Imagine being a politician who cares about the environment and the safety of your constituents. Imagine having the honor to cast the deciding vote on a controversial issue. Now imagine discovering that you accidentally voted the wrong way, thus implementing the very policy you were trying to prevent.
That’s precisely what happened to North Carolina Representative Becky Carney last week, reports News & Observer. As the House voted on the issue of fracking, Carney made the relatively simple error of pressing the “AYE” button rather than the “NO” button she intended to select. Everyone makes mistakes, but not all mistakes have such drastic consequences on a statewide level.
The decision to permit fracking in the state of North Carolina has been an ongoing saga. After state legislatures approved the controversial practice, Governor Bev Perdue vetoed the bill. Republicans then bargained with Democrats to obtain the necessary votes to override the veto and allow natural gas drilling in the state.
Carney was not one of those votes. Or, well, she didn’t intend to be. Having voted against the initial bill three weeks prior, Carney held firm to her position on the matter, but her finger decided otherwise. Carney chalks up the error to being tired, as the vote took place after 11 pm. Not only that, but Carney had a mere ten seconds to vote and confirm her vote before the machine automatically locked.
She certainly woke up quickly, however. Immediately recognizing her mistake, Carney begged the House Speaker, Thom Tillis, to allow her to change her vote. Instead, Tillis ignored her plea and proceeded with the voting to make the result official. Tillis later explained, “There’s a green button and a red button, they should know which one to push.”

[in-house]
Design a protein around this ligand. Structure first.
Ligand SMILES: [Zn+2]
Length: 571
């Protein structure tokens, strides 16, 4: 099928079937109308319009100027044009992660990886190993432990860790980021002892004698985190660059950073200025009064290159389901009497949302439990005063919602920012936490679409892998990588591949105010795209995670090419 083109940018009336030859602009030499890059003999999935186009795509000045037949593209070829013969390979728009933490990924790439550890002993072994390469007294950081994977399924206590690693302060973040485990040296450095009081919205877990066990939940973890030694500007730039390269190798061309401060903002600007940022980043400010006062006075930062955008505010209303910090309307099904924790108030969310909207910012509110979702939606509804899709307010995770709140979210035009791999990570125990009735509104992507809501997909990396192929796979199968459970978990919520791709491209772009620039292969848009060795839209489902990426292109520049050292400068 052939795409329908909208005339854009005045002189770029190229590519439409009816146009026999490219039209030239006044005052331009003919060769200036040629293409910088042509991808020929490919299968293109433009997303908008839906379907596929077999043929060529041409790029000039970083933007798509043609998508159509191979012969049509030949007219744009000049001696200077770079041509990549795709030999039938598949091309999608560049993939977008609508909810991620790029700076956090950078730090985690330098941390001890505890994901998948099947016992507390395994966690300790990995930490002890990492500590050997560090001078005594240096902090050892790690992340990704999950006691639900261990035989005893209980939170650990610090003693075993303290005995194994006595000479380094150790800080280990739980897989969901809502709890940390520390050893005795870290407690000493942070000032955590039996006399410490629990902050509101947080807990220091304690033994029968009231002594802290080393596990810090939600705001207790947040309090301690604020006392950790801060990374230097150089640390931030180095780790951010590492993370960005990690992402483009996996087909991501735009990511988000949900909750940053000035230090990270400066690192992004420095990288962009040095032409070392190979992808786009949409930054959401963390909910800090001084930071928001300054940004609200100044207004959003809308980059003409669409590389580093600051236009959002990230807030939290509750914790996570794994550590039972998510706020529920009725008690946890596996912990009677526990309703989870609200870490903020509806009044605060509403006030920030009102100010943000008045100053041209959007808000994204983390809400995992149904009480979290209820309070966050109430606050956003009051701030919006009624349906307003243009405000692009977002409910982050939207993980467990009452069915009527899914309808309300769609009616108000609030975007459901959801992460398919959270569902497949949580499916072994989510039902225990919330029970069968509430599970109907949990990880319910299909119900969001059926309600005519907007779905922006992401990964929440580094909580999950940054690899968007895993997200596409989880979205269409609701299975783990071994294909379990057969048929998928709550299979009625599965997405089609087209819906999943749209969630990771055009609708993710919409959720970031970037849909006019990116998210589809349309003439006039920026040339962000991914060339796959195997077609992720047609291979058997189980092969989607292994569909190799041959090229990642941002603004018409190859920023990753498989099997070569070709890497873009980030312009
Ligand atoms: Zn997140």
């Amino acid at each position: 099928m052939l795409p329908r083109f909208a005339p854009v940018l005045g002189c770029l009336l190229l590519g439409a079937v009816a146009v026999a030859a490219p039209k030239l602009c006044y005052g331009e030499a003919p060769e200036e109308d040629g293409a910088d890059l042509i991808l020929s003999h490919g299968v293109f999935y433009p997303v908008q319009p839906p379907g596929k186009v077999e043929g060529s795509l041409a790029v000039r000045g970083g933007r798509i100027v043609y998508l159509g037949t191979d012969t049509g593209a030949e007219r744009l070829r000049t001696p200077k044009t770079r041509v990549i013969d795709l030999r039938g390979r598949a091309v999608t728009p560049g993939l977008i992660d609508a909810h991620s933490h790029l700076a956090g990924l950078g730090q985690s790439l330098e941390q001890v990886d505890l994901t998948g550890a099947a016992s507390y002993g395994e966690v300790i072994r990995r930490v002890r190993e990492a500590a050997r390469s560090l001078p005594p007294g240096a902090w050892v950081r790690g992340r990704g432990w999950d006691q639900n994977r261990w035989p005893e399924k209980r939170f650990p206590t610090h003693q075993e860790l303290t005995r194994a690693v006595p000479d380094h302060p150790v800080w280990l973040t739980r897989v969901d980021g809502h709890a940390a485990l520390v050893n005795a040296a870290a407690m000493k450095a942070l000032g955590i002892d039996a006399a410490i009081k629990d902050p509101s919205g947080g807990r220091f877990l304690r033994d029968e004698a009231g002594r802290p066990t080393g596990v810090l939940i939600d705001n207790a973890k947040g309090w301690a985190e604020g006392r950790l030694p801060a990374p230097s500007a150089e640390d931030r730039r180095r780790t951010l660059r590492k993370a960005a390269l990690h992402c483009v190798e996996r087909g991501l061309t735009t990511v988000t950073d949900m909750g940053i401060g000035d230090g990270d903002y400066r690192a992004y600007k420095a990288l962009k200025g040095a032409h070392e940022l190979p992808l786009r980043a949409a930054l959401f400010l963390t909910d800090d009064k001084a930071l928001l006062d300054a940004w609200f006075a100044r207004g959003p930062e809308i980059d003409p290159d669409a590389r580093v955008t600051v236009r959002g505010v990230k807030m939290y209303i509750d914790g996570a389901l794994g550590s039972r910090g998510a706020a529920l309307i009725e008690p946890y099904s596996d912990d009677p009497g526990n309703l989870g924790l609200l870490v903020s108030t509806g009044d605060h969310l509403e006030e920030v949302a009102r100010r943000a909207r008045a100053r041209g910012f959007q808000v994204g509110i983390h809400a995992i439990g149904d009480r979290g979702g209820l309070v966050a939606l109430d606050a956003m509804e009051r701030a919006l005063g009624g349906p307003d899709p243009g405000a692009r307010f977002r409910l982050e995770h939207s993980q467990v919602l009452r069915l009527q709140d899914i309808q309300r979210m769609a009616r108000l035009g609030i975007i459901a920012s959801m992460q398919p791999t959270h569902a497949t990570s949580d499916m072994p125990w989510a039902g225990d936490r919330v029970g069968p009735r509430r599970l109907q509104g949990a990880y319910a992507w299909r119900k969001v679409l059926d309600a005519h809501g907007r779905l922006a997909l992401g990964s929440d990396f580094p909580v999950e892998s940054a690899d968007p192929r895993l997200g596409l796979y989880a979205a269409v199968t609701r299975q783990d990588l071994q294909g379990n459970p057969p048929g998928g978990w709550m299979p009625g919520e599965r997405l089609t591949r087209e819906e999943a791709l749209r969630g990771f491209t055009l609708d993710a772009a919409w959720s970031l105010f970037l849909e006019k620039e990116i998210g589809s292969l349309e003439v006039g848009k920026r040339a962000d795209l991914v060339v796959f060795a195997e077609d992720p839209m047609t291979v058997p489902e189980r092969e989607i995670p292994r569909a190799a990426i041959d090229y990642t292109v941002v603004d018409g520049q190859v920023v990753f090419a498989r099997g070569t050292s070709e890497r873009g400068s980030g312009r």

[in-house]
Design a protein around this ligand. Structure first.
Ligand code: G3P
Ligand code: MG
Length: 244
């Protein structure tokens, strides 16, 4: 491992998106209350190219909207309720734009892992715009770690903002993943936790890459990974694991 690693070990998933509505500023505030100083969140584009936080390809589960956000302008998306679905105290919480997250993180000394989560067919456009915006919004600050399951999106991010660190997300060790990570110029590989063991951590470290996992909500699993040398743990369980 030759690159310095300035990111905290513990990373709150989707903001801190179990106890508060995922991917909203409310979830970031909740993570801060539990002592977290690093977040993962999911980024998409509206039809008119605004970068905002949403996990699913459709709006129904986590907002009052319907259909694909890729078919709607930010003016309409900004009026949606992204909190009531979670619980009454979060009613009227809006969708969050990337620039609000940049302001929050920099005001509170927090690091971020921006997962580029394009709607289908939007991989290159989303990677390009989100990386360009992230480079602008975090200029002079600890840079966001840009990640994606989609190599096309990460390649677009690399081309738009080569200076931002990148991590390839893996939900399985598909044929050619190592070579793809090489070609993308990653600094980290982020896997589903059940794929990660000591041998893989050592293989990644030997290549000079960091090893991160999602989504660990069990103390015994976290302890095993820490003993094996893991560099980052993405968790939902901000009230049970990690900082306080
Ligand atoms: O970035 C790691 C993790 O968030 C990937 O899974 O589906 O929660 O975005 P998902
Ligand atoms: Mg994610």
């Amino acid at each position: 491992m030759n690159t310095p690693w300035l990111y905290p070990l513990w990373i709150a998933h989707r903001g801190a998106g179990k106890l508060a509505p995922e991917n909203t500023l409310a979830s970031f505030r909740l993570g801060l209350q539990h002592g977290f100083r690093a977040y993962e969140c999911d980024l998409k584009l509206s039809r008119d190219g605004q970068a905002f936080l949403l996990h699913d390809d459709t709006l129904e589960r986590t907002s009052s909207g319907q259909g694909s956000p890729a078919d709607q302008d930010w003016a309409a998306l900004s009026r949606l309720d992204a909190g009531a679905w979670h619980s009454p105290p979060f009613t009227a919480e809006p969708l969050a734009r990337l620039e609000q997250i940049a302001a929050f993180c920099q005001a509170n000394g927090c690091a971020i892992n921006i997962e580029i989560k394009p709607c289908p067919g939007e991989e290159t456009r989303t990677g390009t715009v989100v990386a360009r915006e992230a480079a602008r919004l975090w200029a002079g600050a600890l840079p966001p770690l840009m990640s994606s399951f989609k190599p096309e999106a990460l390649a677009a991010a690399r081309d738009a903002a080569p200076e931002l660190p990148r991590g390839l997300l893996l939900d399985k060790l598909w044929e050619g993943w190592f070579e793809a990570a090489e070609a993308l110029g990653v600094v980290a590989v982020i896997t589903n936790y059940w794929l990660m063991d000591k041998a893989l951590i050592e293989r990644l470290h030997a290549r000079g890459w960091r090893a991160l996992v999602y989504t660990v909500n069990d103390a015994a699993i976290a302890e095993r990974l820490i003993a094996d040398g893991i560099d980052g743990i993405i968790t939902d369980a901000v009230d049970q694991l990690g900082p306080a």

North Carolina regulations permit state legislatures to alter accidental votes in most cases – except when it would change the outcome. In other words, if the vote is actually of consequence, that is when it is ironclad.
There is precedence for this situation. In 2011, fellow Democrat, Rep. Jean Farmer-Butterfield, cast an errant vote in favor of term limits in North Carolina. Framer-Butterfield’s was the deciding vote in the matter, although there was no significant consequence as the State Senate declined to vote on the issue, thus effectively killing the bill.
“I feel rotten,” said Carney after fracking became legal in her state. Perhaps the only people who should feel more rotten are those who voted for the measure on purpose. A host of evidence suggests that fracking harms drinking water supplies and could be responsible for an increase in earthquakes. We’ll have to see just how many incorrect votes are cast when the ground starts trembling more frequently.
Photo Credit: Cliff Weathers